MARQUETTE ISN’T WHAT it was twenty years ago, even ten years ago.
Big changes, big growth.
Consider this: A $300 million hospital is under construction on the highway. Apartments and condos are rising on and near the lakeshore. Expansion is underway at NMU, with more planned. New restaurants and hotels are popping up, one after the other.
We’re being discovered–by Delta Sky magazine, by the Travel Channel, by travel journalists exploring our streets, businesses and natural attractions. By readers of those “Best of” lists where Marquette is frequently included among those must-see destinations and places to live.
Is it possible that, with all this development and attention, we’re losing our identity? Are we selling our soul?
“I’m sure you’ve heard the mantra that we don’t want to become another Traverse City where so much of the shoreline has been bought up and developed,” City manager Mike Angeli says. “Well, we’re in a good position because we can learn from other cities’ mistakes.”
Traverse City, for all its charms and cash inflow, can serve as a cautionary tale–heavy summer congestion, over-reliance on tourism, and, arguably, overdevelopment.
“You’ve got to make sure you have planning, process, and community input,” Amy Clickner, the CEO of the Lake Superior Community Partnership, emphasizes. “Everybody talks about Traverse City. Well, they grew too fast without adequate planning. We won’t do that.”
But warning against unplanned growth does not mean resistance to change. If anything, according to Jason Schneider, the executive director the Chamber of Commerce, Marquette should embrace it.
“When all the mountain bike trails went in years ago, the city and property owners were all upset because it was something new and it was different,” he reminds us. “Now 20 years later, those trails are one of the reasons that make this community so incredible.”
Bill Digneit, one of the founders of Double Trouble DJ’s and a new owner of Digs downtown, welcomes the changes but with one important caveat.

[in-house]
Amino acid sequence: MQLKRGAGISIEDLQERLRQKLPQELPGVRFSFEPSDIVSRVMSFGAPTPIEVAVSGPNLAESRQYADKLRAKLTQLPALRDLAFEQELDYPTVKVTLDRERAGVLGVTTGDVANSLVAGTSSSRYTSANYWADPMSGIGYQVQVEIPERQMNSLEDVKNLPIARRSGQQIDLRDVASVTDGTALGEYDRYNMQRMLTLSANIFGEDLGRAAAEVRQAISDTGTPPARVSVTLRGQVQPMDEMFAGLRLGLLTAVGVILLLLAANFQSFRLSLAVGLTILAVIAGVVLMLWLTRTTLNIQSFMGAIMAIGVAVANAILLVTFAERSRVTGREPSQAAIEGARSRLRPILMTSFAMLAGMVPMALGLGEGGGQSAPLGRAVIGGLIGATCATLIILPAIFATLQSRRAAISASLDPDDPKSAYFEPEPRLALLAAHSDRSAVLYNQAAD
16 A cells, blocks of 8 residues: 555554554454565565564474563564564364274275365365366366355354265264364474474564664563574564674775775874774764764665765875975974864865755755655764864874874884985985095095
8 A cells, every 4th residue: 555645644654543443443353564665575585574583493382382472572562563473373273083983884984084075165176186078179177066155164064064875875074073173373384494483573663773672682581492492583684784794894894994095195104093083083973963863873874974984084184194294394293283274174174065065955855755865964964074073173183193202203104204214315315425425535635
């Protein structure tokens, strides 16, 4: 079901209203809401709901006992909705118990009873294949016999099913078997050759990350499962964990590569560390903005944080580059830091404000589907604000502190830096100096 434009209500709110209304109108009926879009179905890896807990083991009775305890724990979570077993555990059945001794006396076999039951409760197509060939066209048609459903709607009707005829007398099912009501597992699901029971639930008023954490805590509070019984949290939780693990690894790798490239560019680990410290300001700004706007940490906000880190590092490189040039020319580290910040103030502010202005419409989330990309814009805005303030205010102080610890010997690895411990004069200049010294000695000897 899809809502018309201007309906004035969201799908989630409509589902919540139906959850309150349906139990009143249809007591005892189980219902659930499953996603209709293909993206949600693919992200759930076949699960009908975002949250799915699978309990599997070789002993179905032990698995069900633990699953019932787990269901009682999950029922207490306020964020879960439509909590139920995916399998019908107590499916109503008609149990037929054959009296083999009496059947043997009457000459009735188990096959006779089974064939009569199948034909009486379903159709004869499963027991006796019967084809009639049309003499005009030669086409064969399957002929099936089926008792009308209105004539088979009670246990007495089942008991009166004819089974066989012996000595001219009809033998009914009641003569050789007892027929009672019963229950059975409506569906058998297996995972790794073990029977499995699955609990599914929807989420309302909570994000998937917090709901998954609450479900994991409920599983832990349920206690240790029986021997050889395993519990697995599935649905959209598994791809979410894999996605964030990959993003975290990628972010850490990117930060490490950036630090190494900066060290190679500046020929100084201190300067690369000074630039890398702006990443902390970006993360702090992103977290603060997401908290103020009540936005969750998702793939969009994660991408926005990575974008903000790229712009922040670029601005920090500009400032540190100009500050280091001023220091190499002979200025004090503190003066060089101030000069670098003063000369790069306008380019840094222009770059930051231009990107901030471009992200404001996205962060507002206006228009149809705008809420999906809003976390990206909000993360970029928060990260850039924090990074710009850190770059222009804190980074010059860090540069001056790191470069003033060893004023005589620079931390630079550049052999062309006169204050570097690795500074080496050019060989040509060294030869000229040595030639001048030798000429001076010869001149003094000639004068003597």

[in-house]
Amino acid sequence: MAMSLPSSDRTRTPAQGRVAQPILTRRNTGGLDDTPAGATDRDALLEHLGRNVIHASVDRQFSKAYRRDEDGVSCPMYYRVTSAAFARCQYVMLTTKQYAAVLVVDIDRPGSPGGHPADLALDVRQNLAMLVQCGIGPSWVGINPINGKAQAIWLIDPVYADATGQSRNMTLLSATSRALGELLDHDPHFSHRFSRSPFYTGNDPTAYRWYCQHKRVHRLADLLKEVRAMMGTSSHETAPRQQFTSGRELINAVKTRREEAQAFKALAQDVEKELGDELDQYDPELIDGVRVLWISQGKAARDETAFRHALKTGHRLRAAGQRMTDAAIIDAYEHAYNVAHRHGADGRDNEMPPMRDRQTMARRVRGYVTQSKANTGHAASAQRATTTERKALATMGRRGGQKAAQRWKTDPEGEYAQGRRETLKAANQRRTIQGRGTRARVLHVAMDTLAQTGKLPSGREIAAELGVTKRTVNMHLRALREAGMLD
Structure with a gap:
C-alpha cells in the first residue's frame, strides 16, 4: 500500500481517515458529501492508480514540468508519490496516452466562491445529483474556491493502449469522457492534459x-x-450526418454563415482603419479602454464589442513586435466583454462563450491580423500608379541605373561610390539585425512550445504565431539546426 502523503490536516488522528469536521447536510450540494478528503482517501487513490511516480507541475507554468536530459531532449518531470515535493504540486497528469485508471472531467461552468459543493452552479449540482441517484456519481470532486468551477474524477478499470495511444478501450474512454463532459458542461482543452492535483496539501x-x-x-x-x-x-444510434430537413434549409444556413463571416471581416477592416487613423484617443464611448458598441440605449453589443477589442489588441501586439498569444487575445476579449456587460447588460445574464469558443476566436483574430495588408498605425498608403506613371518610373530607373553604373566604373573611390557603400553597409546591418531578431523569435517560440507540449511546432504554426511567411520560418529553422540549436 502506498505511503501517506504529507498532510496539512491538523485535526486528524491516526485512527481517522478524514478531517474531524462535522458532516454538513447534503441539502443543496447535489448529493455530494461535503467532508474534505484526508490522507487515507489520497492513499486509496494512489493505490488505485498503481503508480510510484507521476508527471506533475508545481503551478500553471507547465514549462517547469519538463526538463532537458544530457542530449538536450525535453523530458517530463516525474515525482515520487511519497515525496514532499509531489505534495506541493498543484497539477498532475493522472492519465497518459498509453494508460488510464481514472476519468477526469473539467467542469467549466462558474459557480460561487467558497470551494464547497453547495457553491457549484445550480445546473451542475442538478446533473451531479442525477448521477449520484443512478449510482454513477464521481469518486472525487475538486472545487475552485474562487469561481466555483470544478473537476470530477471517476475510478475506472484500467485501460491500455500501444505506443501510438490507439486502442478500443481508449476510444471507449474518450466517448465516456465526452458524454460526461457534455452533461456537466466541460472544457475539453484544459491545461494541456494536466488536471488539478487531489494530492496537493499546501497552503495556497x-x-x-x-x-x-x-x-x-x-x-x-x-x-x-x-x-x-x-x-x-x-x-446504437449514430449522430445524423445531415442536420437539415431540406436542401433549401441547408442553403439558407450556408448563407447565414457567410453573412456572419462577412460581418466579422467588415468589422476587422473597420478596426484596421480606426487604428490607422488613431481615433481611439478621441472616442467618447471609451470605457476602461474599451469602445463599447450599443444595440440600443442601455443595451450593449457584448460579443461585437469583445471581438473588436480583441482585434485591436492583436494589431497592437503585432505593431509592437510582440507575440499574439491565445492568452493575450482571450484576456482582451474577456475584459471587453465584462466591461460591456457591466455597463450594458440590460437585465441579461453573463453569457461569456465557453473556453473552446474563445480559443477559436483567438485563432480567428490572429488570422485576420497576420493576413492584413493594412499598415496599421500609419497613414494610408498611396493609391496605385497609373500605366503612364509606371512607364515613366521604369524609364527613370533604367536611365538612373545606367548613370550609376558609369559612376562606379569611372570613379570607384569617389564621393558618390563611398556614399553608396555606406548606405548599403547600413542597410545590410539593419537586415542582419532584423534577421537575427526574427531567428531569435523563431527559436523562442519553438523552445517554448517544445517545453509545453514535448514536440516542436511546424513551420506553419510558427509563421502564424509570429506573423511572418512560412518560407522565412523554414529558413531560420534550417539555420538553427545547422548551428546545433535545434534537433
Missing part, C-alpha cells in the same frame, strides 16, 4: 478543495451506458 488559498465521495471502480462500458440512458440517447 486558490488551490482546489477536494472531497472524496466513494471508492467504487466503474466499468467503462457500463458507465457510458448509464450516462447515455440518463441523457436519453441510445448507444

“If people want to move here, thats great,” he says. “But it’s got to be with the understanding that we want to keep the small town feel. I don’t want to lose the feeling that you can leave your car running out in the street for five minutes and not worry about it, or you can leave your house unlocked.”
Inevitably there will be those who will complain about the tourists, especially in the summer months. But tourists translate to cash, businesses and jobs. Tourism now accounts for 16% of Marquette County’s economy, and tourist dollars are increasing at least five percent every year.
So, says local jeweler Beth Millner, bring them on. “We want people to explore our natural areas and we want them to shop in our downtown. It’s good for the local economy, but it is important that we preserve what’s special about Marquette.”
“Some people come here as tourists,” says Clickner of the LSCP. “But then they fall in love with the area, they send their kids to the university, they get jobs here, they invest here, they buy second homes, they settle down here. We want that.”
It all comes back to proper planning–keeping the downtown attractive and walkable, locating the box stores out on the highway, and keeping industry and warehouses on the periphery.
So far, so good.
“Normally, when a downtown declines, then the outlying shopping areas expand,” the Chamber’s Schneider explains. “That hasn’t happened here. The businesses on the highway are growing, but so is downtown. People want authentic places. Not Anytown USA. They want distinctive businesses—like Snowbound Books, Donckers, Lagniappe, Stuckos. Marquette County has dozens of them.”
“We want to create our own magic here, our own world,” says city manager Angeli. “But we have to be careful. Part of our attraction is we’re uncluttered, we’re clean and we’re small. And we definitely are not looking to develop every piece of property.”
That applies especially to the Lake Superior shoreline.
“We’ve got to watch it like a hawk,” Schneider says. “We do not want development along the lake.”
There’s been some development but it’s been limited, and what’s remarkable is that more than 90% of the Marquette city shoreline remains open and easily accessible to the public.
Little doubt about it–the lake, with its easy accessibility, is what makes Marquette special. Combine that with a charming, unpretentious, walkable downtown, light and manageable traffic, enough amenities to attract new residents, and a determination to keep that small town flavor, and you have a city forging its own identity for the future.
An identity likely to be different from Traverse City’s.